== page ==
Guitar Greats take Vermilionville Thursday

My father has given concert tickets for my birthday ever since I began developing my taste beyond the convenience of pop radio. At 13, I saw Leonard Cohen. Twenty-seven was for Bob Dylan. And This year, for my 28th, I got to see Paul Simon in concert in New Orleans.

I’ve gravitated toward singer-songwriters because I like music I can relate to, which mostly encompasses personal songs written by one person. There’s something so direct yet complex about one person playing one instrument to convey one idea at a time. Simon opened with “America,” and I believe a person and his or her guitar is about as American as it gets.

I started playing guitar last year to improve my dexterity and fell in love with the instrument. My learning curve felt more like a plateau, until all at once the rhythm of playing clicked in my mind on a typically mundane evening three months ago. Since then, I can’t put it down. So much of the structure and tone make sense to me in ways the piano didn’t.

The last time I played keys was for school, and it felt like an elegant excuse to not go to PE. You may have heard me at Christmas. The bra section of Dillard’s never heard such a stirring rendition of “O Holy Night” by a sixth grader.  

A girl and her guitar.

At the Simon show, I watched his musicians from around the world delve into his half-century repertoire. However, my eyes were mostly on his hands. I was close enough to see the oval outline of his fingernails as he went through songs from the 60s to now, each piece dipping its toe in the trends of the time while rooted firmly in his own sound. Simon’s friend, Cajun music legend Dickie Landry, was also in attendance. Simon introduced him to the crowd before performing “That Was Your Mother,” a song that directly references Lafayette and Clifton Chenier.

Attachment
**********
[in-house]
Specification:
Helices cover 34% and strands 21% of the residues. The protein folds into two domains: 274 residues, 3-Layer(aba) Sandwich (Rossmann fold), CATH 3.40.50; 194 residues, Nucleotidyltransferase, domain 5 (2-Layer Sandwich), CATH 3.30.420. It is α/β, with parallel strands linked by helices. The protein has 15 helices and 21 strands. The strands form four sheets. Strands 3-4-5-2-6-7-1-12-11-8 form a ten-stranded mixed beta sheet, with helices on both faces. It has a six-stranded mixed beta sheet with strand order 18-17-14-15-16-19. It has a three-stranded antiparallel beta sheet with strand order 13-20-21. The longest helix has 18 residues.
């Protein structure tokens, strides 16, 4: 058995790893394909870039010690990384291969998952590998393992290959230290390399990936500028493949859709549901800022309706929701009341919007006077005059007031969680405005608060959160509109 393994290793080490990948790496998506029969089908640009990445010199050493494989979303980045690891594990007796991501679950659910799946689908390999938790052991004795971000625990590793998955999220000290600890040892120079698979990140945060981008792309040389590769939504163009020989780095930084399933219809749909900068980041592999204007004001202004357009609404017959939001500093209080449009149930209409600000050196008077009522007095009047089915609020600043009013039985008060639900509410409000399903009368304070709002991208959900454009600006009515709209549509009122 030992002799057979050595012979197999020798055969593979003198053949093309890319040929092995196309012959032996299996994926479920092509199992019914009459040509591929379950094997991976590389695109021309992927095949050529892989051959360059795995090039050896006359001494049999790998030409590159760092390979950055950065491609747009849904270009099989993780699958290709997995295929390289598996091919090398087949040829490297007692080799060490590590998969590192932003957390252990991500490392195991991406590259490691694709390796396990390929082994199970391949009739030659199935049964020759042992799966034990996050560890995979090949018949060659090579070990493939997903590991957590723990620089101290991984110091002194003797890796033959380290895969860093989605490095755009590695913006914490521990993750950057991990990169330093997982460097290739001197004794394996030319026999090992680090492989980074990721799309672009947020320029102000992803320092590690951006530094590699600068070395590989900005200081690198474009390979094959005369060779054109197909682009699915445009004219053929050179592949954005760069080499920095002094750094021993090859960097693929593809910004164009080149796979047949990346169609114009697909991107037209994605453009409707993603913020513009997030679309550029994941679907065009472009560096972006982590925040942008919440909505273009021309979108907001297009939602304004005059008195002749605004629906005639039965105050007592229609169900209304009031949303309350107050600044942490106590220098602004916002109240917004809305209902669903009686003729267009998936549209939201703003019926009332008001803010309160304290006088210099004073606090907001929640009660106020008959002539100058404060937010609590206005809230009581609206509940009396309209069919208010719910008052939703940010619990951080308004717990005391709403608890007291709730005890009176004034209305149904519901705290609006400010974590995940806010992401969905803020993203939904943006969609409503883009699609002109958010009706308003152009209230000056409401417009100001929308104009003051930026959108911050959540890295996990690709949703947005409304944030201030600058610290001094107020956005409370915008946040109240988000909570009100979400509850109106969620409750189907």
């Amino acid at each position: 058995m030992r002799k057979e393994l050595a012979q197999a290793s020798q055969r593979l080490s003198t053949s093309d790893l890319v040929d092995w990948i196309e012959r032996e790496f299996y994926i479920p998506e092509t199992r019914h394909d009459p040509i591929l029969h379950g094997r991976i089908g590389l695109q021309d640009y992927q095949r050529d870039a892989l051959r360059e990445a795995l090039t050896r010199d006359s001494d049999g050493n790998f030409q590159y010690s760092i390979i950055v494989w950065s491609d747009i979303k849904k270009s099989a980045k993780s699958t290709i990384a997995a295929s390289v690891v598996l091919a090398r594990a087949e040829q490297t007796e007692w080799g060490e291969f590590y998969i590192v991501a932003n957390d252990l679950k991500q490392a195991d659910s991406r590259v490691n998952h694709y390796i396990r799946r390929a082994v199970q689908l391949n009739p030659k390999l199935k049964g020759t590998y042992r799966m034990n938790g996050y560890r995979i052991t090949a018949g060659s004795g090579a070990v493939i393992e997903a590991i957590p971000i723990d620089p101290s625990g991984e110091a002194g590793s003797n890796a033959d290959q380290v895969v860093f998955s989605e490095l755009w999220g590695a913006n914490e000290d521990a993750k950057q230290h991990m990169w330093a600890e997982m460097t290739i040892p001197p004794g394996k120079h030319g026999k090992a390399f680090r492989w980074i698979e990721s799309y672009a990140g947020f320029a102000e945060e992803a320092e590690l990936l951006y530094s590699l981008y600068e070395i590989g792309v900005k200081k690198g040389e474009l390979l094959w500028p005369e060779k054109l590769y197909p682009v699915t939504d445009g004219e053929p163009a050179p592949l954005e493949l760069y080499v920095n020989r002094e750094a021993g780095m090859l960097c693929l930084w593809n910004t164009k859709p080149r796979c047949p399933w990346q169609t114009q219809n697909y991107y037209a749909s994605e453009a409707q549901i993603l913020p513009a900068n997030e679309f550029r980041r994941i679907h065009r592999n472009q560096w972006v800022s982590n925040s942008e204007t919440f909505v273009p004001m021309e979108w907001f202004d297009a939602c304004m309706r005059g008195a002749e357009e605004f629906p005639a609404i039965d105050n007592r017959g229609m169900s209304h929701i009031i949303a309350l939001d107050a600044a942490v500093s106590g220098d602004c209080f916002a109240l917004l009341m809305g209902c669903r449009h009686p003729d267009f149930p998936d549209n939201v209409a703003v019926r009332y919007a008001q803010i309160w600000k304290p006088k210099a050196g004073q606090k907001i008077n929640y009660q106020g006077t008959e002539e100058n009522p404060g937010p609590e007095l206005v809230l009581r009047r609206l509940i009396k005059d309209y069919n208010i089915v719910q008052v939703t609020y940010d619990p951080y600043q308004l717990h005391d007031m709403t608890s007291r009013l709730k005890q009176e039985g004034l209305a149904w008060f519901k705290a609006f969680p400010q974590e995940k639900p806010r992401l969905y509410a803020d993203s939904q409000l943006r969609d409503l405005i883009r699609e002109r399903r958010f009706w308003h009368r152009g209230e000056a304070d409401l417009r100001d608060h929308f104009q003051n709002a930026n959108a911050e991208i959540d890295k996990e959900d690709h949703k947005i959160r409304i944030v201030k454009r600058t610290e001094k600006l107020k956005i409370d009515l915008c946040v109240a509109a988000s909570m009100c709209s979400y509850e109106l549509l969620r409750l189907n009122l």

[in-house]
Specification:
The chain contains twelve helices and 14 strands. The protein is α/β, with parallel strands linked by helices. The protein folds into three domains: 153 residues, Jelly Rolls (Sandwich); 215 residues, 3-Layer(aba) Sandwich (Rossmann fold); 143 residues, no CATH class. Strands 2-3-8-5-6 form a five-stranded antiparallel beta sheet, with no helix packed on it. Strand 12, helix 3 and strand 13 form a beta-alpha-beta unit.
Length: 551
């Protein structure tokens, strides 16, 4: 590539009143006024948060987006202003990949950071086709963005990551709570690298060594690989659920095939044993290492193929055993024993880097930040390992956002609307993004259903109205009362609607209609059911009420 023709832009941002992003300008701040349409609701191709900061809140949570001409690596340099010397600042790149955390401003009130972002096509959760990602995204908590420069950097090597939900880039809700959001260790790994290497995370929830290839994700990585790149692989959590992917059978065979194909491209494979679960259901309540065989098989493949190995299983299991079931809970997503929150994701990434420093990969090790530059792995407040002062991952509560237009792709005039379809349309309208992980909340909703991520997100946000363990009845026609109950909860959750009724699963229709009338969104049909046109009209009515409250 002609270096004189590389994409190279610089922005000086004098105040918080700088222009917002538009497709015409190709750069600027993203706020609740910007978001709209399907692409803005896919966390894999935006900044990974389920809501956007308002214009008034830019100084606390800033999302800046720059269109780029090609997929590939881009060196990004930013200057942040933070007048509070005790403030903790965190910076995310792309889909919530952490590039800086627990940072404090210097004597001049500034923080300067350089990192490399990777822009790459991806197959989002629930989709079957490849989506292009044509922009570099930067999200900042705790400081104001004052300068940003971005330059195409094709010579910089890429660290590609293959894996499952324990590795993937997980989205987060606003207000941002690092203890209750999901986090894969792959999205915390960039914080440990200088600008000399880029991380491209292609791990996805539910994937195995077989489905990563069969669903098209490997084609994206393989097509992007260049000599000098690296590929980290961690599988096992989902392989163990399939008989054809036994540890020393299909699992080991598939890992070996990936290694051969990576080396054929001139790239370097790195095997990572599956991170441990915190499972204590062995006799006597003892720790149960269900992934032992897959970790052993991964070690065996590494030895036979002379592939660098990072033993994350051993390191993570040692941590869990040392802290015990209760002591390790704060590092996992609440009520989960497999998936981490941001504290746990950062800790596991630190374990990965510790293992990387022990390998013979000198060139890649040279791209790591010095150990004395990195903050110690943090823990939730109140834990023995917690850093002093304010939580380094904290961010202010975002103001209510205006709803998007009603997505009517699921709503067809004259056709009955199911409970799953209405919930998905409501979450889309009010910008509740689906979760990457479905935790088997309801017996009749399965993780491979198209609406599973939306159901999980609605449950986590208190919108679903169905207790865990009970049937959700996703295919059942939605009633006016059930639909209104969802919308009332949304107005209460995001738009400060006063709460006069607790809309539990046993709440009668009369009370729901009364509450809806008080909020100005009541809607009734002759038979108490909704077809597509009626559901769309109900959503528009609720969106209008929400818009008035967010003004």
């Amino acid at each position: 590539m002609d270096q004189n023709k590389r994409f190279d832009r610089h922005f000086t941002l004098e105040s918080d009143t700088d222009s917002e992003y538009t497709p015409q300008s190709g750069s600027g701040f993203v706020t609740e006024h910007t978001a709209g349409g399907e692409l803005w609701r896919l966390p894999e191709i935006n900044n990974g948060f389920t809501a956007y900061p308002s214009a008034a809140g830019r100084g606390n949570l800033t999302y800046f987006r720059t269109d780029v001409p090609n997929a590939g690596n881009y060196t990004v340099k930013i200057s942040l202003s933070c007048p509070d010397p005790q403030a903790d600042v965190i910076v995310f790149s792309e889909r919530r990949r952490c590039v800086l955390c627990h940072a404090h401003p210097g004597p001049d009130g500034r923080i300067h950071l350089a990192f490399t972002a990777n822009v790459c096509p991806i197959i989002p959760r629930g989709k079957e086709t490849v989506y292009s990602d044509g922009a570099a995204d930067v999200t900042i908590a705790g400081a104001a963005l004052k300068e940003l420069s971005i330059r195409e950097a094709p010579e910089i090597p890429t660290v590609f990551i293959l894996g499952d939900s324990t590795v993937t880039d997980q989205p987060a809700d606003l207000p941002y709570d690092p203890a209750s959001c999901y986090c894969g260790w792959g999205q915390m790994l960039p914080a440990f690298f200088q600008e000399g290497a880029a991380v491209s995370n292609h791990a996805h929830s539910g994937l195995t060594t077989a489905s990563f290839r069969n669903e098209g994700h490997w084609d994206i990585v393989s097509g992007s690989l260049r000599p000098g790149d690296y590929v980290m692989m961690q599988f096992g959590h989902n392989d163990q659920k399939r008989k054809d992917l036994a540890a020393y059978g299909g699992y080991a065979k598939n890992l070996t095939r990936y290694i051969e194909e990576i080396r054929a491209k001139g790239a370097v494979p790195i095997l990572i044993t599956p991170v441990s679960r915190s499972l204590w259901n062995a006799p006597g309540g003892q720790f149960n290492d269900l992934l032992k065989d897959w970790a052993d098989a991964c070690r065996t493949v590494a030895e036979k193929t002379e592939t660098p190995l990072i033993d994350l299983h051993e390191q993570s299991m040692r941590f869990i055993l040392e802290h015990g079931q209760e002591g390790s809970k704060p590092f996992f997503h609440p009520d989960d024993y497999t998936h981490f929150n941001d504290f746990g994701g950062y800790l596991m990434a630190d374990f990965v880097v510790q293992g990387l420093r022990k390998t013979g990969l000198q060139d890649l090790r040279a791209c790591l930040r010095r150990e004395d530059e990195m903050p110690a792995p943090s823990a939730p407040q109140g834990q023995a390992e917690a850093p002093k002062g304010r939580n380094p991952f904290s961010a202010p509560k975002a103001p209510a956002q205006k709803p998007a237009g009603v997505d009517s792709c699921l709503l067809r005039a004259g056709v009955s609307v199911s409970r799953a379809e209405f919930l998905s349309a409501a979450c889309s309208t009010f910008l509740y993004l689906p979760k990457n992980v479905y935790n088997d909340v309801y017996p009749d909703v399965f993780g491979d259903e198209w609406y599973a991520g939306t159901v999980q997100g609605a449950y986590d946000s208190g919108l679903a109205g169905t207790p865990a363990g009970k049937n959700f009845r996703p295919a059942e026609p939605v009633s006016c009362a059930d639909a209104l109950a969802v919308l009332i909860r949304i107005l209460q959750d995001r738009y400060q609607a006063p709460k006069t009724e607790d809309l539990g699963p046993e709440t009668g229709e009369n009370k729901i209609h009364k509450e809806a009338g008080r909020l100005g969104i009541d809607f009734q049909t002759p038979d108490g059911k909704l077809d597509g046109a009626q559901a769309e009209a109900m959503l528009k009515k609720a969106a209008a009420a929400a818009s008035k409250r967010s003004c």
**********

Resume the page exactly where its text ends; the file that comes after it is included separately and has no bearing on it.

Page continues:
For a small town to inspire Paul Simon, it must have something special in the way of music and songwriting. This Thursday at 8 p.m., Vermilionville has its own showcase of Louisiana guitarists. Steve Riley Productions has organized five Louisiana guitarists, Roddie Romero, Gerry Mcgee, Michael Juan Nunez, Freddie Pate and Lane Mack, to perform country, rock and blues for an intimate show.

The five guitarists have played in numerous bands and melded genres throughout the years, but this show is especially for the guitar. What it can do, in the right hands, is astounding, and each artist has his own sound developed from years of dedication and education in multiple genres. Whether you’re an instrumentalist, or just a fan, it’s sure to be an inspiring set.

Tickets to this unique showcase of Acadian talent are available by calling 337-789-1538. General admission tickets range between $25 and $35, and tickets for table seating range between $150 and $200.




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